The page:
• unknowingly had my shoe stolen by some looters to use as a receptacle for their liberated coffee – on completing the job, they returned the shoe, plus some spare grounds, to my flat via the cat flap;
  • fell victim to a mean-spirited prank at work;
  • or, and this is a long shot, spilt coffee grounds when I was making a coffee this morning.

We’ll never know what really happened, of course. Surely heads will be scratched over this particular mystery for years to come.

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Pubs

Gastropub 20 Pip

The first stop on what is sure to be a long journey to find a pub I can call home was Gastropub 20 Pip, a narrow bar on Náměstí Míru boasting an impressive twenty beers on draught.

The word “gastropub” fills me with terror, as does the idea of having to choose between too many similar-sounding options, but, not having had a single pint in the 24 hours I’d been in Czechia, I swallowed my fear and headed in. After all, being sober in Prague after 6pm is practically a criminal offence.

The bar decor is inspired by typical Czech pubs – green walls, dark paneling and furniture – but updated to make the space bright and airy; plus, though the pub is narrow, it’s set over two levels and giant windows stop the place from feeling as stuffy as archetypal Czech beer halls.

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This beer was acceptably tasty.

It’s probably worth mentioning at this point that my exploration of Czech pubs is as much motivated by a desire to practise my language skills as it by a dependency on alcohol, so I’m keen to avoid places that seem too touristy or where English is spoken more than Czech.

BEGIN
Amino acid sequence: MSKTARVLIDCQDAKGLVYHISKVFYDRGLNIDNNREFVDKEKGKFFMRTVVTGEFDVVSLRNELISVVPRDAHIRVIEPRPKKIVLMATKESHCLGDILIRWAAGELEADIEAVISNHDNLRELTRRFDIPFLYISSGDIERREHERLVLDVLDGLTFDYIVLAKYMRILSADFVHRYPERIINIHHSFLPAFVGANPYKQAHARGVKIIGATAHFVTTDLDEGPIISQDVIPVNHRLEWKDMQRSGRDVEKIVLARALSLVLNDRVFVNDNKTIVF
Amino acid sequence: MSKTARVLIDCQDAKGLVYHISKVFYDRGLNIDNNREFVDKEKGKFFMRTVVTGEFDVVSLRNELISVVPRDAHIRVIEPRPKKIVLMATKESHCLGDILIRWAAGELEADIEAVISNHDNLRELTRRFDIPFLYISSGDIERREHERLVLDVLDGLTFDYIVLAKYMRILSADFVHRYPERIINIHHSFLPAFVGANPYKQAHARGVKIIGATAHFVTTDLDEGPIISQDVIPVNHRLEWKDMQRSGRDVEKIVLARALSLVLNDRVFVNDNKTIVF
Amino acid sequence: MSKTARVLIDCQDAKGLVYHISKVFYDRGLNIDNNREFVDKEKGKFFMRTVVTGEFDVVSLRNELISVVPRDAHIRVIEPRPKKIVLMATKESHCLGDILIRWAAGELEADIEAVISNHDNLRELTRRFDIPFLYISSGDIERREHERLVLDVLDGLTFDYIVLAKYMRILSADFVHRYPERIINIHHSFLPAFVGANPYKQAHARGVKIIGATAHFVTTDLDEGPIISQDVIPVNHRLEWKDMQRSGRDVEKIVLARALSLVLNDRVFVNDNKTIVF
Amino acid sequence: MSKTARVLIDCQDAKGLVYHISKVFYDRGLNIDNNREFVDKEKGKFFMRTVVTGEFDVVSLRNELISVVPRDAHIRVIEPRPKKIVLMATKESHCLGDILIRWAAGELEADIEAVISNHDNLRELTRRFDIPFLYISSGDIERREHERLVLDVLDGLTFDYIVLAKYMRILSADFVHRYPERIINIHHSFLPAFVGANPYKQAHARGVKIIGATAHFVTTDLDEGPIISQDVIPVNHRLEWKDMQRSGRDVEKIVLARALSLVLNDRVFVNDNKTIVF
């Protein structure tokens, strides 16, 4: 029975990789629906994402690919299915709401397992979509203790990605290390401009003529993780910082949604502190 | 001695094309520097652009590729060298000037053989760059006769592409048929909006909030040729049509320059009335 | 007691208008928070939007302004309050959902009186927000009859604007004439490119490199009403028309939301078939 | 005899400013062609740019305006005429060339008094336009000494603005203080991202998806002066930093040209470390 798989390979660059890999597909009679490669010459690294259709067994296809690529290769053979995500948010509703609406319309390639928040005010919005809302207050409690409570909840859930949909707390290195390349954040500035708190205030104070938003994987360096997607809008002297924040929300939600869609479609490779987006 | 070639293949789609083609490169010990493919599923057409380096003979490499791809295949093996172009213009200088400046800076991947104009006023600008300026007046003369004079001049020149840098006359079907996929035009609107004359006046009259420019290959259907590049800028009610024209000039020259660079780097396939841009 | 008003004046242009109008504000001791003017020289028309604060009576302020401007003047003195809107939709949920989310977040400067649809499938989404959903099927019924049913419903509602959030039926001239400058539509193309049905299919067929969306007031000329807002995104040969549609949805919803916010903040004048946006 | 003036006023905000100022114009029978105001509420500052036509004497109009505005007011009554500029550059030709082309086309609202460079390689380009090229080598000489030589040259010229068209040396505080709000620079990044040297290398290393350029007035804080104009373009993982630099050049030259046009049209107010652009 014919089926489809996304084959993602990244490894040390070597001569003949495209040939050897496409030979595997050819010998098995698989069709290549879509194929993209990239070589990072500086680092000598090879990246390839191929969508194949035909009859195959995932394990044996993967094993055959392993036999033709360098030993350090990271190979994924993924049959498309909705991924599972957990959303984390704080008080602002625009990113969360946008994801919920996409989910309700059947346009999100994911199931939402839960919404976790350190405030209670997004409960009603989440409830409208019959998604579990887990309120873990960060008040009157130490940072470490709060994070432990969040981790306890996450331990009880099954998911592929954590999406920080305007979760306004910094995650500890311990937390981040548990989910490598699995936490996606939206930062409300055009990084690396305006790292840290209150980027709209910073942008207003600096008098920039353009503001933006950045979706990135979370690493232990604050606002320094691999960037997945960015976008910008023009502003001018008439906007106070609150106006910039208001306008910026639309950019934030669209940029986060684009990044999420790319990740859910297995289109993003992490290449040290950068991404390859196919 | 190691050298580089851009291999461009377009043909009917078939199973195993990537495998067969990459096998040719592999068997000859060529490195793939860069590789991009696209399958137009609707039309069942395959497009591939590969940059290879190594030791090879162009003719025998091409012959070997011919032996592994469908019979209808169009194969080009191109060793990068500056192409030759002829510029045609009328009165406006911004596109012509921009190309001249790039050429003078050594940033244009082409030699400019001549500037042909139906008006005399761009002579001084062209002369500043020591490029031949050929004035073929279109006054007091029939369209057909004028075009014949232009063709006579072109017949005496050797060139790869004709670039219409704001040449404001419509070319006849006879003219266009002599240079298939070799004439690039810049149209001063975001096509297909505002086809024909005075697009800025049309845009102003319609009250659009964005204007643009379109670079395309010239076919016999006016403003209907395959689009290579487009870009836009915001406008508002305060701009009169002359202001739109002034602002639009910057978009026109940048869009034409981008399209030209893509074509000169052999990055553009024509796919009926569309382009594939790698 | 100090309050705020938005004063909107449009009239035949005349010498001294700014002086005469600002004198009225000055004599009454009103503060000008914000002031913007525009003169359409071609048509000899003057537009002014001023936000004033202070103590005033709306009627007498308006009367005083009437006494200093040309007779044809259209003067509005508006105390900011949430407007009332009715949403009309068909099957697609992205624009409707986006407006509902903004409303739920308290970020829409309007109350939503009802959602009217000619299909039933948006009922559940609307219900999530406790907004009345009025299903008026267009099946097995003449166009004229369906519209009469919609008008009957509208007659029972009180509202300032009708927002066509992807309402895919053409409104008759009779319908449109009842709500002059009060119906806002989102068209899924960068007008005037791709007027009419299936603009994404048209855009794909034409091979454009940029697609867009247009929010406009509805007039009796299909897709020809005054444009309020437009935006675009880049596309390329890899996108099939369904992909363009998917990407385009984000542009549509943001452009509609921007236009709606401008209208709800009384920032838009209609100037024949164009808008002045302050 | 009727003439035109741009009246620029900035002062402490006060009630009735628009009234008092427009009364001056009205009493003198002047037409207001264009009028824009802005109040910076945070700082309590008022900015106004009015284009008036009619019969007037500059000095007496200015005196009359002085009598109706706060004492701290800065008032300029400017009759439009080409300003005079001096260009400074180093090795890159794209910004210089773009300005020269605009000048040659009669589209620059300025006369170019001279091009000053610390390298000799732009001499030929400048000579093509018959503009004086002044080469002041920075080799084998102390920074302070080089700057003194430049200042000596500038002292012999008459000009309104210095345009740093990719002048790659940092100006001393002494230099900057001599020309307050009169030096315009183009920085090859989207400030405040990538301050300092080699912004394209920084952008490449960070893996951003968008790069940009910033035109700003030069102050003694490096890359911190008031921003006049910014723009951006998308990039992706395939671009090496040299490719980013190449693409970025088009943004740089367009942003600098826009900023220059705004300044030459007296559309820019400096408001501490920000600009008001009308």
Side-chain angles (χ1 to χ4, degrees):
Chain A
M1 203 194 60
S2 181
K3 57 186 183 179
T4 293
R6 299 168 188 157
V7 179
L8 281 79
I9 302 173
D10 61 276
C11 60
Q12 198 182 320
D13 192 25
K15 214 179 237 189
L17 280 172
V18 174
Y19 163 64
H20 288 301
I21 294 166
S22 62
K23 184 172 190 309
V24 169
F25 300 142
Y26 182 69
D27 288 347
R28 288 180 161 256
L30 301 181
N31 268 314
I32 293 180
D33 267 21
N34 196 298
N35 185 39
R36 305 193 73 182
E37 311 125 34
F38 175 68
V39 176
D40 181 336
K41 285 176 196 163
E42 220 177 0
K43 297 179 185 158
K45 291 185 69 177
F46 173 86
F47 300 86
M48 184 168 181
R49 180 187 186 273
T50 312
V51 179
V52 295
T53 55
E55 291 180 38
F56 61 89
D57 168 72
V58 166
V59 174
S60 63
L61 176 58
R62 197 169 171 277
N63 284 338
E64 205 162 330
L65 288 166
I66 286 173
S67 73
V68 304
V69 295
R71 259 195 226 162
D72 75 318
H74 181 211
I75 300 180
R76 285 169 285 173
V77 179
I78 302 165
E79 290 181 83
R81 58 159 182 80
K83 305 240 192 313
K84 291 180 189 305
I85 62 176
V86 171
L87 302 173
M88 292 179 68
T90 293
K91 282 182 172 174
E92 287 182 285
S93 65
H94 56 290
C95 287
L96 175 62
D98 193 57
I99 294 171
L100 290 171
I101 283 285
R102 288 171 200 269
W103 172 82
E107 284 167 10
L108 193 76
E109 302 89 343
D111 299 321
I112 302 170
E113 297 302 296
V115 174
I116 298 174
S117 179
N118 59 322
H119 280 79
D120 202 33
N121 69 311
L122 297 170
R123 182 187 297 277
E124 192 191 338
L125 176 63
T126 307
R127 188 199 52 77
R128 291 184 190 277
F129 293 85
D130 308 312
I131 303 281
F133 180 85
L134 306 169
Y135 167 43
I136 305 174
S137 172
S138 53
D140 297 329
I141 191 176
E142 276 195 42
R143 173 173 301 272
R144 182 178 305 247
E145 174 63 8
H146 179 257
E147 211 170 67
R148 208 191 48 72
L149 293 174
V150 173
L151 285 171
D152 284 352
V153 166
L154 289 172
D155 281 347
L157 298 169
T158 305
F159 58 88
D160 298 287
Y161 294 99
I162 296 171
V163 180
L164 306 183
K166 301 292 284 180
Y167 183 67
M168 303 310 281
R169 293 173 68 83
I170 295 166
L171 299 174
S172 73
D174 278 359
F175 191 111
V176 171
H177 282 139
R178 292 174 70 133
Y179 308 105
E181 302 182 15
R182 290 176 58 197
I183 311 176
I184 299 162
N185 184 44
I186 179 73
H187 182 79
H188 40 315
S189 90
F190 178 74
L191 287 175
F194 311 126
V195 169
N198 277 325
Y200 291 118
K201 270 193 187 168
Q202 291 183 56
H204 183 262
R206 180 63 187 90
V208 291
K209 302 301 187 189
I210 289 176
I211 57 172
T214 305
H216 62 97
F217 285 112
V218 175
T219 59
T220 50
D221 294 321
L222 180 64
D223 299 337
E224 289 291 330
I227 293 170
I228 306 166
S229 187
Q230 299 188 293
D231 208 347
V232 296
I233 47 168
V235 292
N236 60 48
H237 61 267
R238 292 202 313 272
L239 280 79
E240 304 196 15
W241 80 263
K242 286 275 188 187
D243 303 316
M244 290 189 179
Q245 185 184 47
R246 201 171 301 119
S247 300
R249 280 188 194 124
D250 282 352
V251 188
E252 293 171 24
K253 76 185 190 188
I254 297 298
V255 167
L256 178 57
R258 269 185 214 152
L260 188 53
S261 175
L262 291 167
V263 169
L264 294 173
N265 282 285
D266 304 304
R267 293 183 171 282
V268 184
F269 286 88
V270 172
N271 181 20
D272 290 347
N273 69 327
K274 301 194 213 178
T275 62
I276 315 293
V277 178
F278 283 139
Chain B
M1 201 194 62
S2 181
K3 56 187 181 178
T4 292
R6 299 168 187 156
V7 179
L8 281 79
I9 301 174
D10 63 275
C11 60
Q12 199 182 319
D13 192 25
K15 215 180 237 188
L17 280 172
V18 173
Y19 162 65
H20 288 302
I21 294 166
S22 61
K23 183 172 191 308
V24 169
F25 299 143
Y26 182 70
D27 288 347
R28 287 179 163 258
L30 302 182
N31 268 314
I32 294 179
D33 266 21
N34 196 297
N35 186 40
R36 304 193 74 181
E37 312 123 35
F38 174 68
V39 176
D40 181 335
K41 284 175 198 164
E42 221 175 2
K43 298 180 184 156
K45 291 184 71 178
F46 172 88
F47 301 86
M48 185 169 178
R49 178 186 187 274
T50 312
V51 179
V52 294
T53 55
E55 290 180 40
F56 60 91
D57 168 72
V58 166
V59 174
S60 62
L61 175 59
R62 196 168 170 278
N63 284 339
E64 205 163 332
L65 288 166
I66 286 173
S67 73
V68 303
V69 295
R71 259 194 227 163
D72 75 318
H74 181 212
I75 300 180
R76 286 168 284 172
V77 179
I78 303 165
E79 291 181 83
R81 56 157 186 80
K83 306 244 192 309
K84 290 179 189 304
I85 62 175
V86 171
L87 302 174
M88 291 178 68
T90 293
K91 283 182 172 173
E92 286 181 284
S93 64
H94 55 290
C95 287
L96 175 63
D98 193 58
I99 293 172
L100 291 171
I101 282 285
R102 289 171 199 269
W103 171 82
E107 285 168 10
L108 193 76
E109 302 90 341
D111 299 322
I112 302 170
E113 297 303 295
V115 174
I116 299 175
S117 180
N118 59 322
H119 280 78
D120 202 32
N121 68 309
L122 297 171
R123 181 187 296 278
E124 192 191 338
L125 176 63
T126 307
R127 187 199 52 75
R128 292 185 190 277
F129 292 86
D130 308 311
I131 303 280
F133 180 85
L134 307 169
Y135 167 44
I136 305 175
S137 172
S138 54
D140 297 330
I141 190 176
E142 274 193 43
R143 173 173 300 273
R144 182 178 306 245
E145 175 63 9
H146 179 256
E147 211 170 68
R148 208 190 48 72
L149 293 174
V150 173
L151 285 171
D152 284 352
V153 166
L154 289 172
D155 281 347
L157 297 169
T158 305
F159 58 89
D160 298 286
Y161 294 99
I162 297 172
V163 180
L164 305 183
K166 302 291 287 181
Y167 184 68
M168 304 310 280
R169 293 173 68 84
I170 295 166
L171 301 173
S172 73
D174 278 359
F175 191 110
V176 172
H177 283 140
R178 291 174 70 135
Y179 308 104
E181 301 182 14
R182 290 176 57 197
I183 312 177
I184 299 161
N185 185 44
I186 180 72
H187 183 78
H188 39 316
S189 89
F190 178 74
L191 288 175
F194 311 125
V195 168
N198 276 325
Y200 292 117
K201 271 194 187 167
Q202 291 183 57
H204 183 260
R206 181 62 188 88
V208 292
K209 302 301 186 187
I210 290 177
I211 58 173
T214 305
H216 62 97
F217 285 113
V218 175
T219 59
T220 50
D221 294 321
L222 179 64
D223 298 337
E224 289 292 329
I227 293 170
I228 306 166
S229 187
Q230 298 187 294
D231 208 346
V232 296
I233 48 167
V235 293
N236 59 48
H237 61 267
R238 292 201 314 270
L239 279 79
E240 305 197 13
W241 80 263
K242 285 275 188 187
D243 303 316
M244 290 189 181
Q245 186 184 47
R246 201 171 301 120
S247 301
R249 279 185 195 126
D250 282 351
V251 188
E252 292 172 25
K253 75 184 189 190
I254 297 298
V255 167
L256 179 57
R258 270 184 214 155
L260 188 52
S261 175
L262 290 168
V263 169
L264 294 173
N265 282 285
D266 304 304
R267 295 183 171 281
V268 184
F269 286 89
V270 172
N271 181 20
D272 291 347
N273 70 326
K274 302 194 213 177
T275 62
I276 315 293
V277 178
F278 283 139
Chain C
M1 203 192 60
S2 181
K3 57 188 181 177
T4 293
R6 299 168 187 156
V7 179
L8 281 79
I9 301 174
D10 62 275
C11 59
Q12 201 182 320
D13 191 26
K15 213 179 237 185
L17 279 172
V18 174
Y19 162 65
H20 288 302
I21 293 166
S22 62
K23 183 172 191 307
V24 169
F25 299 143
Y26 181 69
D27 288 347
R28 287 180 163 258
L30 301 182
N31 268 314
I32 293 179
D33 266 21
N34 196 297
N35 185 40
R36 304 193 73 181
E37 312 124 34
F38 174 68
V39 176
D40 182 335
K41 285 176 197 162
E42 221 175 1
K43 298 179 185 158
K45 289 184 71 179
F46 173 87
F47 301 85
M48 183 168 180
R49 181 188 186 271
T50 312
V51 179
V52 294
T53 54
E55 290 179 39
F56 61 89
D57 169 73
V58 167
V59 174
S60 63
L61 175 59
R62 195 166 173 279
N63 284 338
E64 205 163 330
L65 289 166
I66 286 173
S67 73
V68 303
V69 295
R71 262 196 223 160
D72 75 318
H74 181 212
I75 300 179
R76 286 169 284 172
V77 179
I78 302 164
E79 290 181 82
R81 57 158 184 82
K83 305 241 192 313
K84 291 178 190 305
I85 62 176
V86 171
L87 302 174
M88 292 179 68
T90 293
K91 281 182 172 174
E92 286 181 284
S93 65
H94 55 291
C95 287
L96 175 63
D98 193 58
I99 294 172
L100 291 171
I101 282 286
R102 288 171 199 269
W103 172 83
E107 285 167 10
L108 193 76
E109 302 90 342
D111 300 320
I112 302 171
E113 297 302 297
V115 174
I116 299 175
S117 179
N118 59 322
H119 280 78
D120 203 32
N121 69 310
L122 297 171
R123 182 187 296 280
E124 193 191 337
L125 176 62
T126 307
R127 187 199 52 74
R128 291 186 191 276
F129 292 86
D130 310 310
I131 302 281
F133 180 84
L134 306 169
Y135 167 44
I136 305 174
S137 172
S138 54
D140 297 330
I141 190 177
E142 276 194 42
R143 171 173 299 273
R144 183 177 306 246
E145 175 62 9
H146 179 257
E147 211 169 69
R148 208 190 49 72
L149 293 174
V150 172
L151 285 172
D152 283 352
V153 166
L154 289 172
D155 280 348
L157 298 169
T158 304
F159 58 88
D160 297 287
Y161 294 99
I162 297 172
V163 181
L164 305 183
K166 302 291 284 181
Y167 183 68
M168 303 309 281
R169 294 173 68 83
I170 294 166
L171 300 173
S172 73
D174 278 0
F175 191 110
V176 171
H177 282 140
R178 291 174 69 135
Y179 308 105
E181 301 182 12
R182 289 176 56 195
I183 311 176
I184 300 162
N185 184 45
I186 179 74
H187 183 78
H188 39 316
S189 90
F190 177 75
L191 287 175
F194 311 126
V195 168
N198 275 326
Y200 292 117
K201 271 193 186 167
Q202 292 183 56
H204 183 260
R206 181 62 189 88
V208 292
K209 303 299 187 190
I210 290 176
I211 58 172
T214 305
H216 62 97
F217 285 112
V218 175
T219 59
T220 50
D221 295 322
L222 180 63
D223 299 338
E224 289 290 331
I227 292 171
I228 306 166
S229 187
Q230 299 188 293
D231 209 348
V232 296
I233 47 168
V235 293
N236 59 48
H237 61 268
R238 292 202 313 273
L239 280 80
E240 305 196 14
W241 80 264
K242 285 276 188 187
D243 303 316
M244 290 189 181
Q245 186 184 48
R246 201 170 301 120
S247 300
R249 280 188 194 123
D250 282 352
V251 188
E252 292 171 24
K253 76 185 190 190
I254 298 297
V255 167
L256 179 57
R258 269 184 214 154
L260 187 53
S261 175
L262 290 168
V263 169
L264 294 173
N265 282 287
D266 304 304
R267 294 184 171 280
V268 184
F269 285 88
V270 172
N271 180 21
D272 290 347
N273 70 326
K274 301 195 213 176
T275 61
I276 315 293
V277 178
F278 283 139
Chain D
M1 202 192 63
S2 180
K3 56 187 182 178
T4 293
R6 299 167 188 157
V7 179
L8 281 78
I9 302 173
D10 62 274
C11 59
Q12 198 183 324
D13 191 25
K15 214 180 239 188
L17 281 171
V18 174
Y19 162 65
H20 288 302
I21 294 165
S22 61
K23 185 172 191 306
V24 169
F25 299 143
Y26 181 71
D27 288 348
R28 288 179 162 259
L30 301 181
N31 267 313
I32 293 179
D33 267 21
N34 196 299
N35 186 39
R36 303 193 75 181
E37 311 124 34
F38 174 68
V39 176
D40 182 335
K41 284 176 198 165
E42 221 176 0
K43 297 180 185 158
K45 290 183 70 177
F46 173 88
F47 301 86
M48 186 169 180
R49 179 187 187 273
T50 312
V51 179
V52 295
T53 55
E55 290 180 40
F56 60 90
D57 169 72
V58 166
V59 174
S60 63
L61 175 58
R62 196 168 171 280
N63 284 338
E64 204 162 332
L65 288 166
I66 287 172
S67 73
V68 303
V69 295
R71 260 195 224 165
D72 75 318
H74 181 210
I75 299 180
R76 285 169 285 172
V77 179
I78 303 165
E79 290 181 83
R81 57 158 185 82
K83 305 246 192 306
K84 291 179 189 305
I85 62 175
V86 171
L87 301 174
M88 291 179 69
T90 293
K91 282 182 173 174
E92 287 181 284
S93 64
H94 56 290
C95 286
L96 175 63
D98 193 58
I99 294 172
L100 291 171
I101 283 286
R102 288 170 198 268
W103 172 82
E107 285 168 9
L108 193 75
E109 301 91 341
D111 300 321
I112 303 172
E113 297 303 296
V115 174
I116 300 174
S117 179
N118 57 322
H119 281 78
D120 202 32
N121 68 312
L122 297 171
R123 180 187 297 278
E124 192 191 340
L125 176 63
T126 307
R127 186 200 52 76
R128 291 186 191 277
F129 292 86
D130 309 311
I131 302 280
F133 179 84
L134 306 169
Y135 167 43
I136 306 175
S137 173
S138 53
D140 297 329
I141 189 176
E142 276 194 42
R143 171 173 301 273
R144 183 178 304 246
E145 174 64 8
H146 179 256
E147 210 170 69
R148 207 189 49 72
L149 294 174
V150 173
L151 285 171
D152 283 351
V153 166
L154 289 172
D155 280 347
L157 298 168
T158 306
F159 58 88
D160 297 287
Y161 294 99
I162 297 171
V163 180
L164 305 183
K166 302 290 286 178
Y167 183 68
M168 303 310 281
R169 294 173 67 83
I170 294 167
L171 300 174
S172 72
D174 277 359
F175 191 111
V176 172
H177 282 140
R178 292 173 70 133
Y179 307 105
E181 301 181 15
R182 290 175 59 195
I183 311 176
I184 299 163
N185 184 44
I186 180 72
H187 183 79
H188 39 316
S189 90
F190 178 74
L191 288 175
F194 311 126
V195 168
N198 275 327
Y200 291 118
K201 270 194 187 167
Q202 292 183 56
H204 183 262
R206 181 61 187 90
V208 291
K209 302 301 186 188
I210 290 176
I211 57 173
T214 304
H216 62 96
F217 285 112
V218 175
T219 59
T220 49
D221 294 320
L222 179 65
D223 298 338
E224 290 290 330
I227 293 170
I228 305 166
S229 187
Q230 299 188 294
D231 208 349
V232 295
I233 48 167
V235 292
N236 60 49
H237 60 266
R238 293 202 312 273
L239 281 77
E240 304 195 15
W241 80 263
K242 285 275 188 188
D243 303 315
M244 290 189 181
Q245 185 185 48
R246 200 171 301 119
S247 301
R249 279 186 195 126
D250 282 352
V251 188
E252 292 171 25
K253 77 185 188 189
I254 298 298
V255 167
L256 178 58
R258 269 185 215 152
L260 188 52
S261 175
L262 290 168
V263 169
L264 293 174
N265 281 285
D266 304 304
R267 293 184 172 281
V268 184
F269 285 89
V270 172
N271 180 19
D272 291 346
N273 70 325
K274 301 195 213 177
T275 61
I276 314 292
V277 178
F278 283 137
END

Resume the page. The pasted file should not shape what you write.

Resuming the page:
With that in mind, I headed to the bar and attempted to engage in cheerful banter with the bartender.

In her defence, she humoured me as much as she could: when it was obvious from my accented Czech that I was a foreigner, she asked if I’d rather speak English. I clumsily declined, saying I needed to work on my Czech, and, to her credit, she continued to deal with me in Czech, despite the fact that she clearly spoke my language better than I spoke hers.

She also helped me navigate the frankly excessively long menu, picking out a couple of dark beers she recommended and giving me a taste of each. Once I’d paid, I felt too awkward to sit at the tiny bar so I took my pint upstairs and sat down by the window to mull things over.

The beer itself, Albrecht-Marion, a 5.9% ABV Irish Stout, was decent. I’d describe it as “fine” or “alright.”

The setup of tables was definitely more gastro- than -pub, and, perhaps for this reason, there wasn’t a great sense of camaraderie in the bar; it definitely wasn’t the sort of place you’d strike up a conversation with your neighbour.

As you might have noticed, I’m quite firmly set against the concept of gastropubs. It’s not that I think they should be wiped from the face of the earth; I just find the idea of them a little troublesome. I like my pubs to be beer-focused, maybe with some light snacks thrown in as an afterthought. Introducing cutlery into the mix doesn’t help anyone.

Overall, whilst I left 20 Pip feeling that I’d found a slightly-better-than-average place to take visiting relatives, I knew in my bones that this first pub in my Prague Saga was decidedly not a place I could call my own. Impressive beer mat collection aside, it was actually pretty nondescript – it felt pretty mainstream, offensively inoffensive, and definitely not a local.

I award Gastropub 20 Pip two sodden beer mats and a fork with crusty bits on the tines.

The hunt continues…